The molecular formula of C29H45NO8 was predicted based on HR-ESIMS spectroscopy. The HMBC correlations from H2 and H17 to the chemical shift of 97.2 p.p.m. characteristic for an acetal, together with the HMBC correlations from the alcohol at 3.71 to C1, C2, and C17, were used to determine the hydroxylation of C1. Based on HMBC correlations from H2 to C3 and H18 to C2, C3, and C4 the epoxide was connected. The coupling constant of H6 and H7 (3JH-6,H-7 = 15.8 Hz) suggests trans-configuration. The NOESY spectra shows cross peaks between H9 and H7, as well as H10 and H19 suggesting trans-configuration for the double bond between C8 and C9. The COSY correlation of the alcohol at 2.95 to H10 and the HMBC correlation of it to C9, C10, and C11 suggest hydroxylation of C10. C12 and C13 were connected by HMBC correlations of their respective protons. HMBC correlations of NH toward C1′ and C14 connect the two parts of the molecule through a peptide bond. The coupling constant of H2′ and H3′ (3JH-2′,H-3′ = 11.7 Hz) suggests cis-configuration. HMBC correlations of H4′ to C1″ connect the isobutyrate group to the molecule. The relative stereochemistry of the Western pyran ring was determined by analysis of the NOESY spectrum. The axial protons H11 and H15 show cross peaks, as well as NH with C16 and C20. The relative stereochemistry of the Eastern pyran ring could not be resolved due to a lack of correlation signals between H2 and H4.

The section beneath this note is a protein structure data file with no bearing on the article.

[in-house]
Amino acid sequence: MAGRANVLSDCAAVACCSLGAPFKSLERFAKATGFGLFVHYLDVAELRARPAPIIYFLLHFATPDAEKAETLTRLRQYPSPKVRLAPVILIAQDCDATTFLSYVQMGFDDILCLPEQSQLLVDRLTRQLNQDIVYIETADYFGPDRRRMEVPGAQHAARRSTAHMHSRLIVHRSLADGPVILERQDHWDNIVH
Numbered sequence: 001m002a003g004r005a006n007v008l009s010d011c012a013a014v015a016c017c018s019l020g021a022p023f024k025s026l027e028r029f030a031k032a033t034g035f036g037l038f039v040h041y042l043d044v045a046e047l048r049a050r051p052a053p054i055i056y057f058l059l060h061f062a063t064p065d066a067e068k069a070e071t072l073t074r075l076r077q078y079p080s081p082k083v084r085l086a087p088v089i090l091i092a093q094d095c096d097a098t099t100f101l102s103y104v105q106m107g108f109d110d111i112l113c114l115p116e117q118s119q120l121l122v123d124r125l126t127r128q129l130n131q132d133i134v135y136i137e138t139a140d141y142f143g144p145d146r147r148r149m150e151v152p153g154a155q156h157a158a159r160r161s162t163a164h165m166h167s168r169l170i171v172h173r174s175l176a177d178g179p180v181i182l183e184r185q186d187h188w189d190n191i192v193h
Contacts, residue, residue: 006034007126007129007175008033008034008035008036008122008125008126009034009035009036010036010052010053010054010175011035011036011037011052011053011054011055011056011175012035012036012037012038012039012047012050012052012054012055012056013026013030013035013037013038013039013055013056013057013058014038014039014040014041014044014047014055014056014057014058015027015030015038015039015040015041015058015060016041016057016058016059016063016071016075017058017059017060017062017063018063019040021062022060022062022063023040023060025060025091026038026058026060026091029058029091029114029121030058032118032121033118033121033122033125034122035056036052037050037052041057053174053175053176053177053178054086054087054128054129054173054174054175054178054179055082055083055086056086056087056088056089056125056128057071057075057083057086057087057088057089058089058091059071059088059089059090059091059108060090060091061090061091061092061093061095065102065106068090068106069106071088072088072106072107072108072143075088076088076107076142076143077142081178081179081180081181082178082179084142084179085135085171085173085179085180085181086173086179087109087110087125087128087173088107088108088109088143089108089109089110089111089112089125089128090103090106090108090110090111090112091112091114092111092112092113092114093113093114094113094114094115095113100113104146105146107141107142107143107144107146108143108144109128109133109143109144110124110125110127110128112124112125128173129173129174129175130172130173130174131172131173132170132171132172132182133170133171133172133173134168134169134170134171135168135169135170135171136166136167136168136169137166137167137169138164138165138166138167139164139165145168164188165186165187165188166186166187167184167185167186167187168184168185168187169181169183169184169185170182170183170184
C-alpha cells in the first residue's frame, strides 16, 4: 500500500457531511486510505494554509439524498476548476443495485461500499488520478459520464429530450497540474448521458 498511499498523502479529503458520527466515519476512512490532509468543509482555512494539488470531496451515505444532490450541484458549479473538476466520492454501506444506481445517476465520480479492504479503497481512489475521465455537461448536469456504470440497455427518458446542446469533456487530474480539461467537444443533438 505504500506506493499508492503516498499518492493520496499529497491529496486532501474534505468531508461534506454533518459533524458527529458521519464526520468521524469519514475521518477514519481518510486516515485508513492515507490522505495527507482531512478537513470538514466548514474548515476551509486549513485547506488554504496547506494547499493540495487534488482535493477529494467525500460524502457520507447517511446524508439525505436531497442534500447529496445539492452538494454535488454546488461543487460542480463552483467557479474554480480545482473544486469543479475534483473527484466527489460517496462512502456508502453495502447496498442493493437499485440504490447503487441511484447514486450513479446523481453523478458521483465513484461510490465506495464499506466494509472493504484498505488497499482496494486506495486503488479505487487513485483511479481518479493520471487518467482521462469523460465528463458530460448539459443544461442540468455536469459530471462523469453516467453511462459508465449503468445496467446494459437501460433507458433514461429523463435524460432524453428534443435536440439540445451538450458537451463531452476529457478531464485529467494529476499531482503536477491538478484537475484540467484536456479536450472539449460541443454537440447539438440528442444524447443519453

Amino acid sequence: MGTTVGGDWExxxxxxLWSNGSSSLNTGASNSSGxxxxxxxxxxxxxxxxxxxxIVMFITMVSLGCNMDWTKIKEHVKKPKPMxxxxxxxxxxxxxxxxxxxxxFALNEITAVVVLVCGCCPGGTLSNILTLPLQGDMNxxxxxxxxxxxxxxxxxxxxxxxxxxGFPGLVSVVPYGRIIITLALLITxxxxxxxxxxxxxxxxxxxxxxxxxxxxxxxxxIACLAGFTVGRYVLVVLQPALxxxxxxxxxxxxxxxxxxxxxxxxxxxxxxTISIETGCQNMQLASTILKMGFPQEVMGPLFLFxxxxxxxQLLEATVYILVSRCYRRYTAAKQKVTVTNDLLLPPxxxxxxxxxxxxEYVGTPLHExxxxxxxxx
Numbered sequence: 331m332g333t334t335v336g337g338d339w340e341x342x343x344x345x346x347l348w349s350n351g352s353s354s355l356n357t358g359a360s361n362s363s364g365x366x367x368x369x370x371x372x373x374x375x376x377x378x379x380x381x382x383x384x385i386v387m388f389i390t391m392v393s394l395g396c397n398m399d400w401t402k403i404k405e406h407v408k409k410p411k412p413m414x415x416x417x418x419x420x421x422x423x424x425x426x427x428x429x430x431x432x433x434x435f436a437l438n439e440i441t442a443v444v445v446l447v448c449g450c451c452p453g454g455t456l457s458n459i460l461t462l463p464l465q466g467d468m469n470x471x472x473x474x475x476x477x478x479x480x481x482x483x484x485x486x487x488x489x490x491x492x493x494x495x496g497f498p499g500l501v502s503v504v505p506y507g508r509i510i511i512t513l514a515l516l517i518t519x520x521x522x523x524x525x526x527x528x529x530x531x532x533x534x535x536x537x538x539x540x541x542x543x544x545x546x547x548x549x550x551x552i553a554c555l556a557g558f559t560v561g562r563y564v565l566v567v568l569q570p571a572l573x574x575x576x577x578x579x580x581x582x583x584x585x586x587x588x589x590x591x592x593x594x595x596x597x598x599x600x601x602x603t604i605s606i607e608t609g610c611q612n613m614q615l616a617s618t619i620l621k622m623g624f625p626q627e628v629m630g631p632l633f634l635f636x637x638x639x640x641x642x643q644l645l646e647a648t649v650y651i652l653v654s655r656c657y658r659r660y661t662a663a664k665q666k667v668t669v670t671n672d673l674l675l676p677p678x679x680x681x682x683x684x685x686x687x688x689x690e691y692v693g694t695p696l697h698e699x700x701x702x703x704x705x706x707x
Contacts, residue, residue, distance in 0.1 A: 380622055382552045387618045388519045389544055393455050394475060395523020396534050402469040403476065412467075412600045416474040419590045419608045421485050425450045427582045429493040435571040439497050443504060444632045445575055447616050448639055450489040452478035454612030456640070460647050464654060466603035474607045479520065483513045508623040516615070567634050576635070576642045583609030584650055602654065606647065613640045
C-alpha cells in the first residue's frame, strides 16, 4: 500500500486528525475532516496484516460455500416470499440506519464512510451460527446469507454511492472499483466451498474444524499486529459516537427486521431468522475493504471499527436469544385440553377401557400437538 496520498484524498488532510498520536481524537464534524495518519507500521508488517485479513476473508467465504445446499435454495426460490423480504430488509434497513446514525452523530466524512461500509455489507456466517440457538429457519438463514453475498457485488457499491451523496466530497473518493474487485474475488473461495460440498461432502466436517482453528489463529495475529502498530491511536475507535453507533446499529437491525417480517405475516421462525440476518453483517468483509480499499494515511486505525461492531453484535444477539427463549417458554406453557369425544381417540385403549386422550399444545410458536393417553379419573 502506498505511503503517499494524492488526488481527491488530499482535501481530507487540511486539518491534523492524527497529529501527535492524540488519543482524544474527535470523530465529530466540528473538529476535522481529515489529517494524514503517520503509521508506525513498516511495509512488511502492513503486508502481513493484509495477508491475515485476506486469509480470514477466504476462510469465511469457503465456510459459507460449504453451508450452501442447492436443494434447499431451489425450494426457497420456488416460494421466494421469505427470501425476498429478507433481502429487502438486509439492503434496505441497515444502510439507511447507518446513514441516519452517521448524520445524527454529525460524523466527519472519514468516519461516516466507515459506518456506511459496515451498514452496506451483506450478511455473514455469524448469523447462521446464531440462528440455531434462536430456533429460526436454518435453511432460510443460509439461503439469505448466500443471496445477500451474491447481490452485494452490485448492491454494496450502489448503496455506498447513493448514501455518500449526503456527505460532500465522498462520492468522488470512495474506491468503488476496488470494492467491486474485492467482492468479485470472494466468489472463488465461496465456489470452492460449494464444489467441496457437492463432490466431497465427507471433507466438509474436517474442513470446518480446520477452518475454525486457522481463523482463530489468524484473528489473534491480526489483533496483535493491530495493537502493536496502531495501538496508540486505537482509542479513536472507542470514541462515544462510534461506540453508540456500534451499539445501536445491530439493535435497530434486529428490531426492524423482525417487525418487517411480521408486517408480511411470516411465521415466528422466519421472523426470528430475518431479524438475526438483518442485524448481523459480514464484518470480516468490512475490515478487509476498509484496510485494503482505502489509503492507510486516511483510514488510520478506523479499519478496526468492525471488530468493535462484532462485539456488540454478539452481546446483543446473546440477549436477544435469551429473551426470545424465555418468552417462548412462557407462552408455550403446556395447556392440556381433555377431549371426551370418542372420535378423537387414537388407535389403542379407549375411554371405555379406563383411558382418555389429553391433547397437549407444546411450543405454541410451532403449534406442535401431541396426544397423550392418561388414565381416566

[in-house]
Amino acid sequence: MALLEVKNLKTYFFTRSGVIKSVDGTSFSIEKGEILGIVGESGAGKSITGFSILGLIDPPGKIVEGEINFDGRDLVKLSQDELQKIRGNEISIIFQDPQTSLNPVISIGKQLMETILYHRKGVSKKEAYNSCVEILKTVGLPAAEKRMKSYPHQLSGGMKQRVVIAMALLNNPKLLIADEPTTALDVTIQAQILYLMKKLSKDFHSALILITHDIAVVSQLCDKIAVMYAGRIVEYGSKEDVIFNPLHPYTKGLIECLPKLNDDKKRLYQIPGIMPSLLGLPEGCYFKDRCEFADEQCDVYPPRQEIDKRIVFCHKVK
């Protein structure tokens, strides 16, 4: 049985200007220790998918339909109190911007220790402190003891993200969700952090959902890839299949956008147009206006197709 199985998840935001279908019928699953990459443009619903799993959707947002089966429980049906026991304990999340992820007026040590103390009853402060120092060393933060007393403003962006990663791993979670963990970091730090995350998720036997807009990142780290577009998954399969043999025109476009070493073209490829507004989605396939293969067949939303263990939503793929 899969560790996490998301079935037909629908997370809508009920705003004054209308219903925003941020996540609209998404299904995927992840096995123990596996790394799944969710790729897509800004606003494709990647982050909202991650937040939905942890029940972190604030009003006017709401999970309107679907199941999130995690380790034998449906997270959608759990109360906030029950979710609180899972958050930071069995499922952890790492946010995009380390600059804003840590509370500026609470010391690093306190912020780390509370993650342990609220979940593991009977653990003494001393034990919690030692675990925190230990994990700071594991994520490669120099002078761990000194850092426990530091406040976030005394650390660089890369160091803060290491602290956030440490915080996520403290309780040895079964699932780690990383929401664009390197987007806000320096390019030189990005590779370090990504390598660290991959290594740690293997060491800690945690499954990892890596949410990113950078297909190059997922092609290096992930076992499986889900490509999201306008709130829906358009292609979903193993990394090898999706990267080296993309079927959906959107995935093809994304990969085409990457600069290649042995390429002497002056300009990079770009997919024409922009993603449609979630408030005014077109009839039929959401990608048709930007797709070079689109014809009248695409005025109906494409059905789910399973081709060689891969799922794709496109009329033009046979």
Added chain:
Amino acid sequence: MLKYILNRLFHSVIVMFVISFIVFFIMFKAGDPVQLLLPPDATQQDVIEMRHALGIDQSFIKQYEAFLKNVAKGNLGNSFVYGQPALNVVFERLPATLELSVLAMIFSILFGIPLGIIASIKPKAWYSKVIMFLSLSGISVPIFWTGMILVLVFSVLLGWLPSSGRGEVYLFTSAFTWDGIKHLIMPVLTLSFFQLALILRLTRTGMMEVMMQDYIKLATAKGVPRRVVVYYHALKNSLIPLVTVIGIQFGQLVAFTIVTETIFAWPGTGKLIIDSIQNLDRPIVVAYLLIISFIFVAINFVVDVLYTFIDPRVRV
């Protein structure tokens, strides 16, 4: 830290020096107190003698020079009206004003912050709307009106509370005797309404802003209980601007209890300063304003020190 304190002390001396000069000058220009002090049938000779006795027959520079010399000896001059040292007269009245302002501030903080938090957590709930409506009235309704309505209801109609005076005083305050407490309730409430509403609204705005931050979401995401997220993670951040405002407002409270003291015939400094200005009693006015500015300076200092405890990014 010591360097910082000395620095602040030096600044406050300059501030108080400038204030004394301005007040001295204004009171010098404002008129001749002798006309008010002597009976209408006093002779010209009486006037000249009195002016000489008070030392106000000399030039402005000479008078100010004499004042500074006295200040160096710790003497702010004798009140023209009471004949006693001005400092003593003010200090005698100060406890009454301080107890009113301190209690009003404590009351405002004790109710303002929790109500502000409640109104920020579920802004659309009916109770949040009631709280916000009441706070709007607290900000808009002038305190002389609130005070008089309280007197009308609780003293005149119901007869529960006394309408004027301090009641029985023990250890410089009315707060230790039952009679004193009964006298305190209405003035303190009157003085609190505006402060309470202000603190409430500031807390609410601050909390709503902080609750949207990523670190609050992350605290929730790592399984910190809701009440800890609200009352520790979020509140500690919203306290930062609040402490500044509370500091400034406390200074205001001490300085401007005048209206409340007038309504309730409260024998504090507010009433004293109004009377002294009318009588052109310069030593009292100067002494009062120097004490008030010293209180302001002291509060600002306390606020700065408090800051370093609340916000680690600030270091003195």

Structure elucidation of spliceostatin L (20)